• Academic and Professional Development (AG) - This module is intended to develop scholarly and professional skills in an integrated way in the context of the career aspirations, industry sector and academic discipline of the individual student. It is intended that the flexibility of this module will allow subject specific benchmark standards as defined by the Quality Assurance Agency for Higher Education (QAA) to be incorporated depending on the particular HE programme that the module is serving. In continuing with their personal development planning students will gain a deeper understanding of the need for the development of professional and managerial skills within their industry sector and the development of research skills appropriate to their academic discipline. The module begins by enabling students to develop a critical understanding of career development, and the process of personal development planning for their careers. The module supports the career development learning outcomes described in particular Course Programme Specifications (and related Subject Benchmark Statements). Students develop their understanding of personal development planning leading to the identification of realistic and satisfactory career goals and the skills development and knowledge acquisition that will be necessary to achieve these. In the context of their specific sector the module provides a basis for the student to understand their eventual role in dealing with complex situations as professional practitioners and managers. In order to achieve this it provides an understanding of the key aspects of the operation of organisations which the student may encounter in their career; financial, human and market focused. Exercises and case studies will provide material for students to discuss management issues, typical of those encountered in the “world of work”. This module is also designed to develop the knowledge, understanding, skills and thought processes necessary for effective original academic and/or work-focused research. The detailed techniques and approaches used will reflect the student’s academic discipline and will provide a basis for progression on to the Level 6 Dissertation module or equivalent. This module is intended to be carefully contextualised to ensure its relevance to each academic discipline and industry sector. The indicative content, skills development and learning materials are consequently not intended to be prescriptive or exhaustive.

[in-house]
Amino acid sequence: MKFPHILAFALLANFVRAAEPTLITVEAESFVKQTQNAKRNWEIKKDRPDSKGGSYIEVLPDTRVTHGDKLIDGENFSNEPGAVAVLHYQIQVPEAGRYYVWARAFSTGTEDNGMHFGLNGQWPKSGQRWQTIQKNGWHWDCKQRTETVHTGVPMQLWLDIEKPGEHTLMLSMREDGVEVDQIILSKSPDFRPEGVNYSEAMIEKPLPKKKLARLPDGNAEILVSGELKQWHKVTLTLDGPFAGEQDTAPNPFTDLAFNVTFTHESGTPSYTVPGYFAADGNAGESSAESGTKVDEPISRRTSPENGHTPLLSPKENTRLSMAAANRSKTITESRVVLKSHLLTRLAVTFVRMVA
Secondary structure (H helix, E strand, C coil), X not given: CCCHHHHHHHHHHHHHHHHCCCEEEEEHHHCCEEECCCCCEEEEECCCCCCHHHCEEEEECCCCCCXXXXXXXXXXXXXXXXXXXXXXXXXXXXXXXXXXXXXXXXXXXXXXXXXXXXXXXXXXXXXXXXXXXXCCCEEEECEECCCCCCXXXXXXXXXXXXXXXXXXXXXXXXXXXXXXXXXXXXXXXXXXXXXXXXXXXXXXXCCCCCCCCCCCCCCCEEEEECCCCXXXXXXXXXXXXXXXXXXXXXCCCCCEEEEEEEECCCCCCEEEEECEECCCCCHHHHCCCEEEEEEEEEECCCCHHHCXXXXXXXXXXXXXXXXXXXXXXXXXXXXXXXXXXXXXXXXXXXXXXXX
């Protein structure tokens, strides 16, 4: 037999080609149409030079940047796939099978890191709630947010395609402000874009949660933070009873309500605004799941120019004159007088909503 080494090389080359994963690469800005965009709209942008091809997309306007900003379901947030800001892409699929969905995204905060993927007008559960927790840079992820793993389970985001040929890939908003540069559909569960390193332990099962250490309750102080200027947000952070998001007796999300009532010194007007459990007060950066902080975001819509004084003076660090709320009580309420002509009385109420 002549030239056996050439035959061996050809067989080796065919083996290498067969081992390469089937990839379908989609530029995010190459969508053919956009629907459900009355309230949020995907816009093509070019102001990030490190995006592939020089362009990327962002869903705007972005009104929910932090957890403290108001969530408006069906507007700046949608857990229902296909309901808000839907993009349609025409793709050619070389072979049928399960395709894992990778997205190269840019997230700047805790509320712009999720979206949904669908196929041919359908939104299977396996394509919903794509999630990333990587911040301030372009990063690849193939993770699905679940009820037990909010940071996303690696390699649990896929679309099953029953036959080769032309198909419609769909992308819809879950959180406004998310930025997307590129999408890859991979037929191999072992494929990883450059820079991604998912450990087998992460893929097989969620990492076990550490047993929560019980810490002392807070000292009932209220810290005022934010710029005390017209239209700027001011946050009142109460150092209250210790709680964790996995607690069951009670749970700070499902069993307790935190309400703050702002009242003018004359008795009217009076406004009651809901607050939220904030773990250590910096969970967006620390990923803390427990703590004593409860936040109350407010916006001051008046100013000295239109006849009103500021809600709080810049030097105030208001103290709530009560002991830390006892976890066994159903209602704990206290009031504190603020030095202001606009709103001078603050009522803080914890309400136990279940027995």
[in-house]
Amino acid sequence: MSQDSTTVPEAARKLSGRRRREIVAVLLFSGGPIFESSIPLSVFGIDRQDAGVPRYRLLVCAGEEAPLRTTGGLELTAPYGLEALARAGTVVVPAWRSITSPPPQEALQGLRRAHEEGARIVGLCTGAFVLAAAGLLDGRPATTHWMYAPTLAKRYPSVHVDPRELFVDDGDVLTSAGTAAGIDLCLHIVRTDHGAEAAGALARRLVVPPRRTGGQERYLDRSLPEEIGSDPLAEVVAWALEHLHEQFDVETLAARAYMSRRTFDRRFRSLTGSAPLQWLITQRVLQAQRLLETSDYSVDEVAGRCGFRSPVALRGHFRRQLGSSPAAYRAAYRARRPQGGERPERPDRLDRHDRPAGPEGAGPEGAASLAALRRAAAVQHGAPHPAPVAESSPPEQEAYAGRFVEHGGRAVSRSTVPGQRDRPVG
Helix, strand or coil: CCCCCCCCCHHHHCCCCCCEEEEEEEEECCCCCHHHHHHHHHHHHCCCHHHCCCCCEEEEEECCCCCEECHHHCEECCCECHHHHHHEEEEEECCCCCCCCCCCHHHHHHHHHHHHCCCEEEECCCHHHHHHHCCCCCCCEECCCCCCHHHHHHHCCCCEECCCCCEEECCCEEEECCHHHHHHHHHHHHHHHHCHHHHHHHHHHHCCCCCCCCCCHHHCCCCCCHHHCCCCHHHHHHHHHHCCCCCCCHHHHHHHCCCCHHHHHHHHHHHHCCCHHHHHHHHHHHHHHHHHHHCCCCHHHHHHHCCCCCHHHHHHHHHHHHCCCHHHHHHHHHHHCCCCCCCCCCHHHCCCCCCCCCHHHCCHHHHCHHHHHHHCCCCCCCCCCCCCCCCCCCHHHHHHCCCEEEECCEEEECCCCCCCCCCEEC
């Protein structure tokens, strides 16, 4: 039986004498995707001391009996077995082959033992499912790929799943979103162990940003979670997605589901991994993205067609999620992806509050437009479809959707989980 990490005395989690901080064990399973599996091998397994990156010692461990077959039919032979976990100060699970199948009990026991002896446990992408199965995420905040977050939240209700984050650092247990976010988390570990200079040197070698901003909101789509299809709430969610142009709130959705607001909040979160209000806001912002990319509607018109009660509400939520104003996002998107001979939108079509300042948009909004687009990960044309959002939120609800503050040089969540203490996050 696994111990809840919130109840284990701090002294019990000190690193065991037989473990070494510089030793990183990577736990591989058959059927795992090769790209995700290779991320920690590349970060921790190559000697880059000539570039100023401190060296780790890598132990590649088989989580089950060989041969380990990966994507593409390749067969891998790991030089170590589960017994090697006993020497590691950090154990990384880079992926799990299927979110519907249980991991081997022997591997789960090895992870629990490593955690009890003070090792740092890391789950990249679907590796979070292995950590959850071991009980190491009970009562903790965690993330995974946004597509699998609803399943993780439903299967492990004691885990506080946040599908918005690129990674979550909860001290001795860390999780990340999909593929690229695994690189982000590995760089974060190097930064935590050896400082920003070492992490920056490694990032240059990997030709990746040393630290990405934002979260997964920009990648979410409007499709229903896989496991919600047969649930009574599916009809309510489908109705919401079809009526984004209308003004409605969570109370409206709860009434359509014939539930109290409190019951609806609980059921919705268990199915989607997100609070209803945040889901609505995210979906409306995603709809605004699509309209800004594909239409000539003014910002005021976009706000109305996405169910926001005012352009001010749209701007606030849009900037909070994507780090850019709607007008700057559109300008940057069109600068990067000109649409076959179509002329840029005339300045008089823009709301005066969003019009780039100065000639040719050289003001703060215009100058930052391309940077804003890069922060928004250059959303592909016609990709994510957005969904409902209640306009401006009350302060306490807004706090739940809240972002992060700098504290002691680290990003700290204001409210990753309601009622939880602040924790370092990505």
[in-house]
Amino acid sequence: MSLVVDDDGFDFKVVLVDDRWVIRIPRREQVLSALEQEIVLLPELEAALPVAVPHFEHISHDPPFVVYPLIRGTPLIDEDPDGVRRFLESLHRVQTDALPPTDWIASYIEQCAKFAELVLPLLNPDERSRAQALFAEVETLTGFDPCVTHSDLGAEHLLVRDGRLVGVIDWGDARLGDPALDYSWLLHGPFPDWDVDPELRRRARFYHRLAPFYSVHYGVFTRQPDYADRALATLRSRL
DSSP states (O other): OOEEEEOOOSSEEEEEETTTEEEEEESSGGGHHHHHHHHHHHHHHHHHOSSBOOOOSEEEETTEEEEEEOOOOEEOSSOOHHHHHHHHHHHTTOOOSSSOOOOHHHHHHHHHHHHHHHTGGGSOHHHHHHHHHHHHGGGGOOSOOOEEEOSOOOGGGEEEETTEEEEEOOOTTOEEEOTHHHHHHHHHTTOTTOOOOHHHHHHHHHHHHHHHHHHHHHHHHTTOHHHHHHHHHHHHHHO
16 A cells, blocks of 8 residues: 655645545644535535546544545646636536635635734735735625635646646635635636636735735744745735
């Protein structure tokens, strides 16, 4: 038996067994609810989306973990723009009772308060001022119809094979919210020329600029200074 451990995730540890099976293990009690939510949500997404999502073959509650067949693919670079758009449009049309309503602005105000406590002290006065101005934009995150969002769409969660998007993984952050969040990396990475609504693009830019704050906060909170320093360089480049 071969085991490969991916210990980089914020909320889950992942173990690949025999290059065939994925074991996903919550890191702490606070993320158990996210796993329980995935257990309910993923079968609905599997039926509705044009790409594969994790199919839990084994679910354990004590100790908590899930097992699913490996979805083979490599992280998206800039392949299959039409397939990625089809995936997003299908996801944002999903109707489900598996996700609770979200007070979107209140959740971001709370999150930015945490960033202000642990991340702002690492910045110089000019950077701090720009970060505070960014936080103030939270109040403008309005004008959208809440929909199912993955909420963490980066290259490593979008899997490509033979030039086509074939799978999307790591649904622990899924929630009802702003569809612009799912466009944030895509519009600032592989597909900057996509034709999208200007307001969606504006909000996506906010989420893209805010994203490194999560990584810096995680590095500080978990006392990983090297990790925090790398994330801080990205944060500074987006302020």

• Combinable Root and Alternative Crops - This module examines the production of a range of economically important crops and builds on the knowledge gained in core Level 4 Agriculture modules. The range of crops covered includes cereals, major oilseeds, legumes (combinable peas and beans), sugar beet, potatoes and other relevant “alternative” crops. Some alternative uses for major crops will be examined. Students are expected to develop a detailed understanding of the agronomic requirements of each crop and an appreciation of environmental considerations. A comprehension of the basic principles of crop protection will be required and emphasis will be placed on the cost effective use of inputs within an Integrated Crop Management (ICM), Integrated Farm Management (IFM) and Integrated Pest Management (IPM) systems. Students will also be encouraged to investigate market opportunities and to understand the quality standards demanded by the wholesale and retail customer.
  • Health and Welfare of Farmed Animals - The module focuses on the control of disease control at farm level (including ecto and endo parasitology) with the underpinning science and epidemiology. It includes management of disease including prevention (e.g vaccination/worming programs and farm level biosecurity), cure of disease and issues such as anthelmintic and microbial resistance. The module also examines farm level health and welfare assurance schemes with health and welfare components, disease eradication schemes and farm health planning. National level disease issues are covered in the year three modules.
  • Livestock Science and Technology - This module addresses scientific and technological issues associated with animal production. Indicative issues would be scientific principles into practice (e.g. The use of BLUP and EBV’s) or an actual physical technology (robotic milking, computerized sow feeding etc).